Extended Data Figure 10 Model for baseplate-induced sheath contraction.

a, b, Pseudoatomic model of the complete T4 tail in the extended (pre-attachment) and contracted (post-attachment) conformations. The insets show a close-up view (labelled with a black box) of the position of the gp18 subunit on the baseplate in the extended and contracted conformations of the sheath. The white geometrical shapes label the same regions of the sheath subunit in both conformations. c, Interaction of the two conserved domains of the gp18 sheath protein with the conserved components of the T4 baseplate wedge (as in Fig. 3). Coloured lines indicate the putative topology of the N- and C-terminal gp18 extensions, as well as the gp25 C-terminal strand. d, The same view as in c, but the external domain is now not shown for clarity to demonstrate the interaction of gp25-like sheath domains with each other and with gp25. e, f, The same as c and d but in the contracted state. g, h, Two diagrams demonstrating the motion of baseplate components that results in sheath contraction.

Supplementary information

Supplementary Information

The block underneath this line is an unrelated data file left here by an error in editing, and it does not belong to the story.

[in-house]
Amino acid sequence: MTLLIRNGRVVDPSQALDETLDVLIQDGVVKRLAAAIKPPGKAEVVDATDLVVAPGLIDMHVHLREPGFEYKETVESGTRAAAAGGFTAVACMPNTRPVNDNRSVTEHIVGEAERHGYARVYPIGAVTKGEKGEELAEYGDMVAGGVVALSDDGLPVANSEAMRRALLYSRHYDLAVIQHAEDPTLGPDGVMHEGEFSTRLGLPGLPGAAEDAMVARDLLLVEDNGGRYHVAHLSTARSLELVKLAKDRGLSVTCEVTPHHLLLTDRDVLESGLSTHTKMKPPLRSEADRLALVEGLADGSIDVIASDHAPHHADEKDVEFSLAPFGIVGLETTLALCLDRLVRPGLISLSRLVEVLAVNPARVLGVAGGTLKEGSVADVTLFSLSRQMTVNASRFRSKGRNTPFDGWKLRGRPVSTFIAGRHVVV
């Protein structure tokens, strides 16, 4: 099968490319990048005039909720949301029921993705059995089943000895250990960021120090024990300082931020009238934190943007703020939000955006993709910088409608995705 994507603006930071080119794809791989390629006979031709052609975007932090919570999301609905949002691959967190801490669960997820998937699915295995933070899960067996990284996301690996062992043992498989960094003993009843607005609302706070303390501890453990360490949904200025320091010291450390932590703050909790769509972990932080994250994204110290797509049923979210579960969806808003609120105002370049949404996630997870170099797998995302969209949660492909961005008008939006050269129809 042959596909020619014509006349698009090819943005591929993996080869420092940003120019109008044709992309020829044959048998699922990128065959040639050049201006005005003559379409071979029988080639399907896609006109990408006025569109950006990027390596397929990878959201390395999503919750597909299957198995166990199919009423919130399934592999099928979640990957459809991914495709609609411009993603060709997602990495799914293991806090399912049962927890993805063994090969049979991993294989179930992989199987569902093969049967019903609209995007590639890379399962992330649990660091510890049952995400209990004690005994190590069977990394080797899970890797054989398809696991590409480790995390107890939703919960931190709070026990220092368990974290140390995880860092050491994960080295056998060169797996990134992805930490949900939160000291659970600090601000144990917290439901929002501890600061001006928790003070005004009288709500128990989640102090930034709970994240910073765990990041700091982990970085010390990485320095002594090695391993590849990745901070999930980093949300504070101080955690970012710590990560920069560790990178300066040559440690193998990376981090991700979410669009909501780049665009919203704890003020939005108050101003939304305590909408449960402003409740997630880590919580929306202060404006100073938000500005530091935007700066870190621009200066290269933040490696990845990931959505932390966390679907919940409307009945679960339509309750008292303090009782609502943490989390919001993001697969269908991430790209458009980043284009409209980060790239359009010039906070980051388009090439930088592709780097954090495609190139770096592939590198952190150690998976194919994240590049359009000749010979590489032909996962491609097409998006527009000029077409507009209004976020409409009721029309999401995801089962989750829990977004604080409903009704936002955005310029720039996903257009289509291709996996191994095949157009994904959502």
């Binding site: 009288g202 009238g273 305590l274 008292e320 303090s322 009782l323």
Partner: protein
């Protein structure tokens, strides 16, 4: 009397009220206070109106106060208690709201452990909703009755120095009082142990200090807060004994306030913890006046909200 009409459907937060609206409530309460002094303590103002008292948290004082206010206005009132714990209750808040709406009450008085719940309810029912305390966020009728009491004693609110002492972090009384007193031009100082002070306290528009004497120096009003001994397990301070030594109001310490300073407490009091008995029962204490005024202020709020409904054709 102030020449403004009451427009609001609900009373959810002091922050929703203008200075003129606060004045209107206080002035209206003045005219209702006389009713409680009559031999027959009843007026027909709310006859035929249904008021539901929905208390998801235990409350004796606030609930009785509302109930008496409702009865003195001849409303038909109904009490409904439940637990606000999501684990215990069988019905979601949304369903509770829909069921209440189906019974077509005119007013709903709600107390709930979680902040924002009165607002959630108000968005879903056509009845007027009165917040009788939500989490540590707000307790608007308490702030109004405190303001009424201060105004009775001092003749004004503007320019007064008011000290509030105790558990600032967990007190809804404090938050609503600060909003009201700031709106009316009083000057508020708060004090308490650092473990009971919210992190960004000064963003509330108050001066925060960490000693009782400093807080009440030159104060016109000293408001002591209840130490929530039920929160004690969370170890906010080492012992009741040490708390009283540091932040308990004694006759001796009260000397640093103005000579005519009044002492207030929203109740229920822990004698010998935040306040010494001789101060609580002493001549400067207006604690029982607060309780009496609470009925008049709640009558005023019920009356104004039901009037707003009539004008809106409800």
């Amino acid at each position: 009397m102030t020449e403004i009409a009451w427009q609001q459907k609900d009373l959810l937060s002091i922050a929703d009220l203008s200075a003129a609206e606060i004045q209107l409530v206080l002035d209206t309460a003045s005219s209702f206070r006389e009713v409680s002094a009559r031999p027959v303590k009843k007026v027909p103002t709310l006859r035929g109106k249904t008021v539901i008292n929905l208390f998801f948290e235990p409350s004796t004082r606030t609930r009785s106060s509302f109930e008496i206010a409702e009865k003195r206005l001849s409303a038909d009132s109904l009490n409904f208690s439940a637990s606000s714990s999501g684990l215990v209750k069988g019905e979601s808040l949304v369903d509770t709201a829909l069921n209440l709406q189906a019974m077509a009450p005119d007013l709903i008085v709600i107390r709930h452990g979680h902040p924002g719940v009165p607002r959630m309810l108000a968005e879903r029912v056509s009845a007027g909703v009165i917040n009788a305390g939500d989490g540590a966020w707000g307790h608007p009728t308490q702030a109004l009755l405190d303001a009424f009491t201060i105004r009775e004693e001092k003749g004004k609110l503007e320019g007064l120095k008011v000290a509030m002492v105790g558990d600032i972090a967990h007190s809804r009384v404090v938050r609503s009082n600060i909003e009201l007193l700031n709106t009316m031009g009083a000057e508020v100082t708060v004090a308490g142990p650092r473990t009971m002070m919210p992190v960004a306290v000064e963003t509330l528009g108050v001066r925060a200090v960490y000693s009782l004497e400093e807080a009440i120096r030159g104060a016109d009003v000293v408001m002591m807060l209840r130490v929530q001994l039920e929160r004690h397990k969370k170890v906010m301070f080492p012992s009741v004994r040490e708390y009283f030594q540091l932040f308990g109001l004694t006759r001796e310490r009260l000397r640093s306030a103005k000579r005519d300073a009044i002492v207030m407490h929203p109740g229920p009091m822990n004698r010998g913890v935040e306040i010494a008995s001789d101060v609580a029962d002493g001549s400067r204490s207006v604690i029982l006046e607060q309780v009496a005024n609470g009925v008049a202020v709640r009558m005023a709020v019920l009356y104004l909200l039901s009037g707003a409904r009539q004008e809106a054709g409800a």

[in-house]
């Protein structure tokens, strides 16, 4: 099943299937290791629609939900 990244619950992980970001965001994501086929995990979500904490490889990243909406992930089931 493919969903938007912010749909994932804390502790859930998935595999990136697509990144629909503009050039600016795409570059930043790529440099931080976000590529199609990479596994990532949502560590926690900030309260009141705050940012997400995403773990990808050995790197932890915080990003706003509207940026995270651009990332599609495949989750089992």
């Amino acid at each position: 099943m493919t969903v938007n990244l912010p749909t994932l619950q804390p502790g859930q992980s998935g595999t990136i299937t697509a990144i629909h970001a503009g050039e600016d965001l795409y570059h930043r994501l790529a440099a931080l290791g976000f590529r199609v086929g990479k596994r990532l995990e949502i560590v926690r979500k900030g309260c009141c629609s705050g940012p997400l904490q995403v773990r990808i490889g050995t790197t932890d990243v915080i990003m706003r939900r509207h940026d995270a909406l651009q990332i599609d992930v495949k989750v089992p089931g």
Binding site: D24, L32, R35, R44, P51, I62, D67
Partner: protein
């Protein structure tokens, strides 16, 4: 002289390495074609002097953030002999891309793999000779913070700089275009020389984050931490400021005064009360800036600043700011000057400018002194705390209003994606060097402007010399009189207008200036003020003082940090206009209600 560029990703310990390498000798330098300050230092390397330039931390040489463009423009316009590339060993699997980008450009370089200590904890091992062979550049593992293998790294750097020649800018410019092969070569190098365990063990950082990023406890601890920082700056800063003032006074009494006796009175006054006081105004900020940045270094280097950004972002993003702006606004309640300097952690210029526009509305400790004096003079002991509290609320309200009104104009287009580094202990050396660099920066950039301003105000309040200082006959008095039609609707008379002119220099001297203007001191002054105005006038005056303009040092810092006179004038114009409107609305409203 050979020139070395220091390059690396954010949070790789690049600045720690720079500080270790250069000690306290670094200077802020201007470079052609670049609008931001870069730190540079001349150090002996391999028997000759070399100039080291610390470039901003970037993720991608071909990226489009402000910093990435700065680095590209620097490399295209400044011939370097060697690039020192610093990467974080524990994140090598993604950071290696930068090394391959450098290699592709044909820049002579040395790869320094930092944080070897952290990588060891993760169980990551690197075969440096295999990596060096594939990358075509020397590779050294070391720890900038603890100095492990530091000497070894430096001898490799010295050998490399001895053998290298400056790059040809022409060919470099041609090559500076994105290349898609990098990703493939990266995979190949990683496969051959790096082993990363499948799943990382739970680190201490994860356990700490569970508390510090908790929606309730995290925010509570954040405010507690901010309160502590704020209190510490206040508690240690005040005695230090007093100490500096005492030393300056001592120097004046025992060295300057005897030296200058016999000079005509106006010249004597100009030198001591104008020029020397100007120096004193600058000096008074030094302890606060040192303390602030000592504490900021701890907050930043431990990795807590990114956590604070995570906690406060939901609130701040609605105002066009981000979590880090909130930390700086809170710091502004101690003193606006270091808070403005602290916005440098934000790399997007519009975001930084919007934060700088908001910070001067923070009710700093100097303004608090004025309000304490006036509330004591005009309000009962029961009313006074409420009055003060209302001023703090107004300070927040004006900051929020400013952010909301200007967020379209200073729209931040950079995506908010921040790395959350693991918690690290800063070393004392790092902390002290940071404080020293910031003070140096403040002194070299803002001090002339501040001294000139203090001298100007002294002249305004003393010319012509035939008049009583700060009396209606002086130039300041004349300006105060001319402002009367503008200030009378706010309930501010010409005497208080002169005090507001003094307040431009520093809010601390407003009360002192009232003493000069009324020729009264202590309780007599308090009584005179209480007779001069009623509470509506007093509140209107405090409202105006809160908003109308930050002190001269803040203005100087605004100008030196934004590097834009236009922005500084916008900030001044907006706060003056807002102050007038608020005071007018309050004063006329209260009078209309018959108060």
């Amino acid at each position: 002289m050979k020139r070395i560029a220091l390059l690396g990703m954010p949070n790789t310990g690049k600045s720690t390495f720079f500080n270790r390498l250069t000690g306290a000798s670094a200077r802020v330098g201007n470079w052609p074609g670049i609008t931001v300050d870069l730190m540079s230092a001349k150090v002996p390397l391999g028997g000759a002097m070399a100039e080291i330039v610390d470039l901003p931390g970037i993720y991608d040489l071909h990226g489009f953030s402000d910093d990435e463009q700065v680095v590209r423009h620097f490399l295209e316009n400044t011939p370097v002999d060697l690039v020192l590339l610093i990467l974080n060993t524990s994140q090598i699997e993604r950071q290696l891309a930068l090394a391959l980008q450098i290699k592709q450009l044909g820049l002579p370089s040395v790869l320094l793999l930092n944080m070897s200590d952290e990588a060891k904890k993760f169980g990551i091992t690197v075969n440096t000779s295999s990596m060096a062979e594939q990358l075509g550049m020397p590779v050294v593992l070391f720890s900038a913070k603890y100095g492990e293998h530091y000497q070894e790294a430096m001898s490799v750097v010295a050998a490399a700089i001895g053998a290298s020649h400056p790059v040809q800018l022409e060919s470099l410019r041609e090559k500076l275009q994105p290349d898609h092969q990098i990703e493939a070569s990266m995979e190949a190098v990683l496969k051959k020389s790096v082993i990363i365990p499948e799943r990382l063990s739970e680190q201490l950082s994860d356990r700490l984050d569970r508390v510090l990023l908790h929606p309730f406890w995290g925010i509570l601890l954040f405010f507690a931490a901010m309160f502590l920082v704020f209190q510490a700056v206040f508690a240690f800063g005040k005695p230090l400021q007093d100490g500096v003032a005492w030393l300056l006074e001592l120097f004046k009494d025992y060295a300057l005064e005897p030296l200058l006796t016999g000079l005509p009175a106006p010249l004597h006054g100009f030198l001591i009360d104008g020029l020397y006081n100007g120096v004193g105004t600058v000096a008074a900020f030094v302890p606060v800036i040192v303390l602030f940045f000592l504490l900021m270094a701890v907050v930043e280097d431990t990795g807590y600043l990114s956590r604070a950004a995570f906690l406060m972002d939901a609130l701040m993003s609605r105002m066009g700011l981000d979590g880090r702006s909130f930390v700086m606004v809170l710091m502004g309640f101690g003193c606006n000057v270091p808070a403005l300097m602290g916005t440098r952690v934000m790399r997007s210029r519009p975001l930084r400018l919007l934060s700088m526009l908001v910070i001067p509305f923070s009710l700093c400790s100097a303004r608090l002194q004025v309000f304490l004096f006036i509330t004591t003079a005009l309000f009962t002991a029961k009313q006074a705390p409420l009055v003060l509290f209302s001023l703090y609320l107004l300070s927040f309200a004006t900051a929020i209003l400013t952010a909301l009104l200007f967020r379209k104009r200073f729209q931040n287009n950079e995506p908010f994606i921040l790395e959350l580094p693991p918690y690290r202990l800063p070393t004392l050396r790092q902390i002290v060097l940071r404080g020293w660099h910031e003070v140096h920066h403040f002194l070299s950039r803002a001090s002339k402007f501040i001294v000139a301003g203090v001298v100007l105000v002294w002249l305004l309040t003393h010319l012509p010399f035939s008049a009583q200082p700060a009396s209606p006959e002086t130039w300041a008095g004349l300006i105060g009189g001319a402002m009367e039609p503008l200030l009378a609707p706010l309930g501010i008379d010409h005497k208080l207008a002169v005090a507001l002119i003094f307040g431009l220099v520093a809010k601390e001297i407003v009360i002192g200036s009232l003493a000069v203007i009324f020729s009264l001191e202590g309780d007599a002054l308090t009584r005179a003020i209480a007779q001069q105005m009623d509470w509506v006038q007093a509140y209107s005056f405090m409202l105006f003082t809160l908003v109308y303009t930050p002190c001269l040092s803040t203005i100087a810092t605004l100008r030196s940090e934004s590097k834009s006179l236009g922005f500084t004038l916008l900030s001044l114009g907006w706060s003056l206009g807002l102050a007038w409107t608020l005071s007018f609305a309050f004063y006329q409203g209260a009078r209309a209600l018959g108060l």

This file contains a Supplementary Discussion, Supplementary Tables 1-5 and Supplementary Figure 1 (uncropped gels). (PDF 3181 kb)

Structural transformation of the baseplate upon binding to the host membrane

The intermediates were obtained by interpolating between the initial and final structure with the help of UCSF Chimera except for the motion and structure of the short tail fibers and the jump rope loop of gp7 (See text for details). The color code is as in Figure 1. NB: The conformational switch is irreversible and the reverse trajectories in this and all other animations are shown only for clarity of visualization. (MP4 29019 kb)

Baseplate conformational switch is accompanied by the release of the hub-tube complex from the conserved wedge proteins gp25 (light green), gp53 (pink), gp6 (yellow and red), and gp7 (blue).

Baseplate conformational switch is accompanied by the release of the hub-tube complex from the conserved wedge proteins gp25 (light green), gp53 (pink), gp6 (yellow and red), and gp7 (blue). (MP4 4019 kb)

Transformation of the iris formed by the (gp6)2-gp7 heterotrimers and gp6 C-terminal dimers during the baseplate conformational switch. Gp6 is in yellow and red and gp7 is in blue.

Transformation of the iris formed by the (gp6)2-gp7 heterotrimers and gp6 C-terminal dimers during the baseplate conformational switch. Gp6 is in yellow and red and gp7 is in blue. (MP4 4475 kb)

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Taylor, N., Prokhorov, N., Guerrero-Ferreira, R. et al. Structure of the T4 baseplate and its function in triggering sheath contraction. Nature 533, 346–352 (2016). https://doi.org/10.1038/nature17971